How Much Mercy is involved in “Mercy Killing?

Father Anthony Mellace


There are those who defend the practice of euthanasia (the preferred term is mercy killing or the now modern updated phrase of “comfort therapy”) using the following reasoning process:


a)     Why prolong the suffering of the patient if he is going to soon die anyway?

b)     The months that he will spend in the hospital by continued treatment to keep him alive will increase expensive medical costs and occupy the room and bed that someone else could use

c)     Poor patients cannot pay for the costly treatment and it is a waste to use it on someone who will die anyway. By eliminating the patient, there will be more treatments and medicine available that could effectively be used by another patient waiting for it.


The people who reason in this way tend to forget that life also possesses a deep spiritual meaning for the patient that they are unable to understand or fathom. The physical and mental anguish that a Christian patient goes through in a hospital has such wonderful spiritual value that it could literally pay for all his sins and free him from the horrors of purgatory. To kill him with the idea of cutting short his pain is just to reserve a worse suffering for him in the next dimension. This certainly is not to show mercy. The last moments of life are truly precious in the sense that they are really purifying. The saints tell us that one second spent in purgatory is worse than a hundred years of the sharpest pains on earth. This is worth meditating on when one is in his last final hours of life. As Christians, we are to do everything to alleviate a patient’s sufferings, but not to literally inject a fluid to end his life and think we have done him and society a service.


Second, the sufferings borne by dying patients could also be instrumental in the salvation of several souls who might need these graces. By cutting off the patient’s life, these lost sinners will not receive the graces of conversion. These souls could be the very nurses and doctors themselves who murdered their spiritual benefactor. Third, every second of our life is an opportunity to win a degree of happiness in heaven. A pure act of love made towards God advances us one degree in eternal glory. The mystics tell us that a degree of glory in heaven is equivalent to over a  hundred years of the greatest possible joys that one can experience on this earth. By reducing the life of a dying patient, one is robbing him of a greater happiness that he could gain in heaven. Fourth, many great men wrote some of their finest works at the moment of death. Jacques Maritain, in his last moments of life, composed a beautiful little work entitled “Commentary on the Canticle of Canticles”.  A most intelligent Catholic philosopher dictated his thoughts on the question of conscience while hooked up to a quantity of tubes in the emergency room. His secretaries jotted them down and they were the inspiration and textual words used in the II Vatican Council document on Conscience. Now if they had their lives ended, we would also lose all these priceless pearls of wisdom.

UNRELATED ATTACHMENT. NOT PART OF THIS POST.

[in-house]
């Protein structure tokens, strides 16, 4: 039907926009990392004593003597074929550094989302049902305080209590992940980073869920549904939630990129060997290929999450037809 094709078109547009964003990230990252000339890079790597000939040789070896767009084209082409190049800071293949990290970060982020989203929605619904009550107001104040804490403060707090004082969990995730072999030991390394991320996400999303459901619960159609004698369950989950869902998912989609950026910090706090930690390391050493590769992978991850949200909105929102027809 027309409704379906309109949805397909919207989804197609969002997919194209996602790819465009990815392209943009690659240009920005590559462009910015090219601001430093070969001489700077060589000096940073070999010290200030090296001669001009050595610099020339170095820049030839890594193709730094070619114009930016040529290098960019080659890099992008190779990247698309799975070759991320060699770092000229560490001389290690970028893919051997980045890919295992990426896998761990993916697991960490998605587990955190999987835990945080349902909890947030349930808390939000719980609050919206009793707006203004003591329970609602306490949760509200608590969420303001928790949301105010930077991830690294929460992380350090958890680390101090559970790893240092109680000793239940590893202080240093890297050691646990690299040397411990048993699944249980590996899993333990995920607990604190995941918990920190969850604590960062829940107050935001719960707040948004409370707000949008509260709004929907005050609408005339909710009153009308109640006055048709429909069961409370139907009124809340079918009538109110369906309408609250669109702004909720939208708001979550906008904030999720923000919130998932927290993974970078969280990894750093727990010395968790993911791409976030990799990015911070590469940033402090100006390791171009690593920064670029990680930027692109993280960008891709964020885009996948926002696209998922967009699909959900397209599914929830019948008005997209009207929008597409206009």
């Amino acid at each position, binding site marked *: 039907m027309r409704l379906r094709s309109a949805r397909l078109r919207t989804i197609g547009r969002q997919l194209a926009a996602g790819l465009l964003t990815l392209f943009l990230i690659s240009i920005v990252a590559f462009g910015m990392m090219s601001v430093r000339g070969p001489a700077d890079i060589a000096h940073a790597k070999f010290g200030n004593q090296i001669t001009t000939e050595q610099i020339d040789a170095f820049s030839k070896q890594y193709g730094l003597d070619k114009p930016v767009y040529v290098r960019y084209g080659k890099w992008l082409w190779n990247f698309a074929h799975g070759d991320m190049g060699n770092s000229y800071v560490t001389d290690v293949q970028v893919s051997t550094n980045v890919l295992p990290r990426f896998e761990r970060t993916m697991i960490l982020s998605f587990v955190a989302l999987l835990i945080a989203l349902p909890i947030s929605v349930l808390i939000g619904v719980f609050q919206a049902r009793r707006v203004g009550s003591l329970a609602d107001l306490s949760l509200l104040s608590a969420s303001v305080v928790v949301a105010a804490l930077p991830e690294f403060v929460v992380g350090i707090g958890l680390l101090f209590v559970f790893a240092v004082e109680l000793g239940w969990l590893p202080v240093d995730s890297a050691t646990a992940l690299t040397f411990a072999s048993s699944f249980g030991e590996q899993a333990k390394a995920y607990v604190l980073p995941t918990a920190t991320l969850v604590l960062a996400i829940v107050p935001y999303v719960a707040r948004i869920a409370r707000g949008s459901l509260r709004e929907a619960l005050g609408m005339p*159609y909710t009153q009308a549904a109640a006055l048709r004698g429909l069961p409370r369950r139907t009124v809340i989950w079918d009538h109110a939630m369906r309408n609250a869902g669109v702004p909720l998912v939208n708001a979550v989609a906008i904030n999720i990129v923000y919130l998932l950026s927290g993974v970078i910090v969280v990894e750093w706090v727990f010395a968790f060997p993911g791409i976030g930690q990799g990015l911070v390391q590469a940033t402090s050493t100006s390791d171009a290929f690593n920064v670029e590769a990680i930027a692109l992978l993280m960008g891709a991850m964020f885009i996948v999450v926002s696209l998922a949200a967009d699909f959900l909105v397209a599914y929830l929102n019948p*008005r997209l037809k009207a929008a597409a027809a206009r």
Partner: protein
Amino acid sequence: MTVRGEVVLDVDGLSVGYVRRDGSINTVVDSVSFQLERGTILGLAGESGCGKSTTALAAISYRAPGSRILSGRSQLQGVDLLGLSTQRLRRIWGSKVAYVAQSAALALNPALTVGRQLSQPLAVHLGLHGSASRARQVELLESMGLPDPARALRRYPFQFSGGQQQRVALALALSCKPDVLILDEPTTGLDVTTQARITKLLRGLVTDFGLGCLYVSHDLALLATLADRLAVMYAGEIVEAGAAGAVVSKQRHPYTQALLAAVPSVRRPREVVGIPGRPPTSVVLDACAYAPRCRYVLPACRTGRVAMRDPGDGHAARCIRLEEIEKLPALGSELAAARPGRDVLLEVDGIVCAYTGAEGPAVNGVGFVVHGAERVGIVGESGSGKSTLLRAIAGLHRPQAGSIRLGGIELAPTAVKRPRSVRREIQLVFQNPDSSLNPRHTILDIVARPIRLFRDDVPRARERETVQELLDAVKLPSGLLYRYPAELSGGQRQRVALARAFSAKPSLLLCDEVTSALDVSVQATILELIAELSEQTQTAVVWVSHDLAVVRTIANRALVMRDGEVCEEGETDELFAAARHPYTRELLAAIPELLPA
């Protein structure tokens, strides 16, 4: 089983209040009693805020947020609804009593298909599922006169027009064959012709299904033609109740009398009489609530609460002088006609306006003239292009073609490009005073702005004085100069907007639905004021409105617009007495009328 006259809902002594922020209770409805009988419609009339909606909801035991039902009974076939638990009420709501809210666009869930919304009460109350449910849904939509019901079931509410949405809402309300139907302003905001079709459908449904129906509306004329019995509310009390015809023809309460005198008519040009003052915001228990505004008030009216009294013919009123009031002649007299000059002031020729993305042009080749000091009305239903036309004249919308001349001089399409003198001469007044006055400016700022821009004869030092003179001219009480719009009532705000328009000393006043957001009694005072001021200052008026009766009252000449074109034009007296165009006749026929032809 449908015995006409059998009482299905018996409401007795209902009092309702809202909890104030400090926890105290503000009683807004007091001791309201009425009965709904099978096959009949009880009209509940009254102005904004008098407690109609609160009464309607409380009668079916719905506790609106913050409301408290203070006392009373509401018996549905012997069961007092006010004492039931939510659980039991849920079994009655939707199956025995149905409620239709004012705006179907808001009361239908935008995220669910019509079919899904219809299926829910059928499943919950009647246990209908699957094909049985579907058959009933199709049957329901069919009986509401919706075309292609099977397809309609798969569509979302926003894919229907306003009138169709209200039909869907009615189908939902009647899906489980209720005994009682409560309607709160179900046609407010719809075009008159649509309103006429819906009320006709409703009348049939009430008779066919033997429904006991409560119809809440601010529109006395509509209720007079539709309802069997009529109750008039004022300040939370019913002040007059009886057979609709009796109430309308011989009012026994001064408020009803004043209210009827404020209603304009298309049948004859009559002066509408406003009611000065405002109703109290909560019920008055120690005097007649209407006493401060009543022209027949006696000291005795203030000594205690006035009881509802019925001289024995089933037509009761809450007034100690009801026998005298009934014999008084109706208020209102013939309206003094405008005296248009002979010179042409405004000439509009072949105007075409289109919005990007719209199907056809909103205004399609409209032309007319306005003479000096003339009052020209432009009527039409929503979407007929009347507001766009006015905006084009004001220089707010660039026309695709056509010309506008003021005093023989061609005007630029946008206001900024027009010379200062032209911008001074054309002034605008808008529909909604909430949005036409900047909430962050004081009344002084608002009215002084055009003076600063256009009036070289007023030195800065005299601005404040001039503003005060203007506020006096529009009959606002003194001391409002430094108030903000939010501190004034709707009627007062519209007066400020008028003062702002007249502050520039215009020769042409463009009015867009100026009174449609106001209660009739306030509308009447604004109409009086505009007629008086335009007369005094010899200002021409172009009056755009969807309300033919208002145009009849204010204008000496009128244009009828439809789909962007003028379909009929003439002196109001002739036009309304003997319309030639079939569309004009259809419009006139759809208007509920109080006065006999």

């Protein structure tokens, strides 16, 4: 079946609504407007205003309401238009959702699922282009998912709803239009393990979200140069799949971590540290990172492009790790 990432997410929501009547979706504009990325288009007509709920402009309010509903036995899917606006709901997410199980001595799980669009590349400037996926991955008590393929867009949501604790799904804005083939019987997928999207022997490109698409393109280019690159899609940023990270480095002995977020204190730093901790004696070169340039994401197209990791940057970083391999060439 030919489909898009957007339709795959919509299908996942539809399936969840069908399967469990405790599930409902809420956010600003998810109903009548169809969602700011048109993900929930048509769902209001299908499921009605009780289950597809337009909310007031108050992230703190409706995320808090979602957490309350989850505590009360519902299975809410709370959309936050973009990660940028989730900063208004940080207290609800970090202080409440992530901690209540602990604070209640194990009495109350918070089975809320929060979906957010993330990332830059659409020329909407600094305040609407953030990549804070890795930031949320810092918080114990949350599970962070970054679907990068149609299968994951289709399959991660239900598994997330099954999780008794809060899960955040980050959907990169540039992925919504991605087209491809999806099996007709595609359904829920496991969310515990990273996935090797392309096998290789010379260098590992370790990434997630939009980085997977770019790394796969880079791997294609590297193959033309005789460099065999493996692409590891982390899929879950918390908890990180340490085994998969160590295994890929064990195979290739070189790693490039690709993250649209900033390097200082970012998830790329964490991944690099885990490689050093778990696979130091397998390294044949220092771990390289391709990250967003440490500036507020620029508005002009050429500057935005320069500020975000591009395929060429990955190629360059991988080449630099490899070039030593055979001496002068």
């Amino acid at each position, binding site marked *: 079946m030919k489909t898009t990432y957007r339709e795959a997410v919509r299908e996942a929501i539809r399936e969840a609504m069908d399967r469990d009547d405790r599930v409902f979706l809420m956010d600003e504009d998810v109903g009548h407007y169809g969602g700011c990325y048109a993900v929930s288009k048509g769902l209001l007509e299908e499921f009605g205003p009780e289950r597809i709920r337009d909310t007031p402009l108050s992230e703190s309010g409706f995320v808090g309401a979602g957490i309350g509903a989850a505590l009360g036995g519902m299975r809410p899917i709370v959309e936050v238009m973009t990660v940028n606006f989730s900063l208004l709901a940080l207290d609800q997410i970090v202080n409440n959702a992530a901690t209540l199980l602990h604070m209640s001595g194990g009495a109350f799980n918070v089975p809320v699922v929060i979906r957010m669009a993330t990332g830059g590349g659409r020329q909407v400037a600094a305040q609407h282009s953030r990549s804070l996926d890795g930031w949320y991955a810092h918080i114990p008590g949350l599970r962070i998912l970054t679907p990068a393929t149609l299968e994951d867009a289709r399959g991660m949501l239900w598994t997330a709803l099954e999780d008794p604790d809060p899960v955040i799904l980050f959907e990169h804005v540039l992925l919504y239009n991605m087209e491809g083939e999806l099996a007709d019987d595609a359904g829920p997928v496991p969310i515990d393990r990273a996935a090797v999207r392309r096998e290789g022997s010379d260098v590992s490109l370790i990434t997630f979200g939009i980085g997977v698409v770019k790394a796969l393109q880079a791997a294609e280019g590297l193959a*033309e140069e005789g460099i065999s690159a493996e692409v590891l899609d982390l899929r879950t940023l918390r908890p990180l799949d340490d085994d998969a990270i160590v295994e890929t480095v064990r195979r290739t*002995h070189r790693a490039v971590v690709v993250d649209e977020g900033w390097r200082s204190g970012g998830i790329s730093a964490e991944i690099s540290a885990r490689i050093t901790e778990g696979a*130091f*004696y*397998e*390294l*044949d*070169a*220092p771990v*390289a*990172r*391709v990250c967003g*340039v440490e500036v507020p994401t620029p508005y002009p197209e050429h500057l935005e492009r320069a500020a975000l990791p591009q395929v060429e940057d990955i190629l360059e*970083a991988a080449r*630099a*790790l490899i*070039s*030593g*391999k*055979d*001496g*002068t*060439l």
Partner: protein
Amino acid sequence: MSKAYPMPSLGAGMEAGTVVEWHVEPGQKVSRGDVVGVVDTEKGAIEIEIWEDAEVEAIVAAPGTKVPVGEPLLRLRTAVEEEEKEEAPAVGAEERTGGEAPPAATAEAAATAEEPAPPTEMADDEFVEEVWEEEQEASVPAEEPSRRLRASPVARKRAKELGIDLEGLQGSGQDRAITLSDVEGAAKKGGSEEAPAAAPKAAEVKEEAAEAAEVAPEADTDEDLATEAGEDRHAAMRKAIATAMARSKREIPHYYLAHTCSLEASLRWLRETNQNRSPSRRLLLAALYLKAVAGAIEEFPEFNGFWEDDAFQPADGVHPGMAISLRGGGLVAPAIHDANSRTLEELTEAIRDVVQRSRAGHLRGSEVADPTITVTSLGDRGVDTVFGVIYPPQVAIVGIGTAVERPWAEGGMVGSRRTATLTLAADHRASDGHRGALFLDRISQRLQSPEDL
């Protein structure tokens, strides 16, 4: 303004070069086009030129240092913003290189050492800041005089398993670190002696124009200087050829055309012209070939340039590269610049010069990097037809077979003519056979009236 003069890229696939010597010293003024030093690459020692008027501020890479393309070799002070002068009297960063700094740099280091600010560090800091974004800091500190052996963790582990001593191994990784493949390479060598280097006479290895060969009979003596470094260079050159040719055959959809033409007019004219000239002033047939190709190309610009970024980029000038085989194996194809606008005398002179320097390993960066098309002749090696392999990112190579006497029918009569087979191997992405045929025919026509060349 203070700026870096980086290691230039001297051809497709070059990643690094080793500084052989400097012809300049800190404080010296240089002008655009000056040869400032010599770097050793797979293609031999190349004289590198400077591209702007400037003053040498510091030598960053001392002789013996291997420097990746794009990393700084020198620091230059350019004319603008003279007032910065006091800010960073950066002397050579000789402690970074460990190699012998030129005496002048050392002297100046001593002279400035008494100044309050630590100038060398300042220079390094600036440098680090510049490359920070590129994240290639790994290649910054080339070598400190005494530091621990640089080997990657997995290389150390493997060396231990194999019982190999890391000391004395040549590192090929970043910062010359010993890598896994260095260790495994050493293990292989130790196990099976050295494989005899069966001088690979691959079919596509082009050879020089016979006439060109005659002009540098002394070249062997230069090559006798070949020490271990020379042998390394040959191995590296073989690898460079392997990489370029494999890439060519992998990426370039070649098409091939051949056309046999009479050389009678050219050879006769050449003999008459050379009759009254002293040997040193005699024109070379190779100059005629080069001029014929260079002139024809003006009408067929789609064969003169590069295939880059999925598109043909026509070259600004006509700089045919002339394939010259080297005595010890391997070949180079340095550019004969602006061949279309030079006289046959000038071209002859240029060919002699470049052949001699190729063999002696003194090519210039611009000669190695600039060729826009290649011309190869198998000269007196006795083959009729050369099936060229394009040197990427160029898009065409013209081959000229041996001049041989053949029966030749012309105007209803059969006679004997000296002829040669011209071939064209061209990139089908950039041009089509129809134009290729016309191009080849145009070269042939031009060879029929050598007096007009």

If families can’t afford to keep their dying members in a hospital, allow them to die peacefully at home. St. Joseph, according to the mystics, spent eight years agonizing with the whooping cough and pneumonia in his humble abode. Jesus and Mary practiced great patience and love toward this holy patriarch. Imagine all the ocean of graces that he gained for the world. Those who have eyes to see will know the wonderful mystery of God’s mercy shown at the last and precious moments of one’s life.


Father Anthony Mellace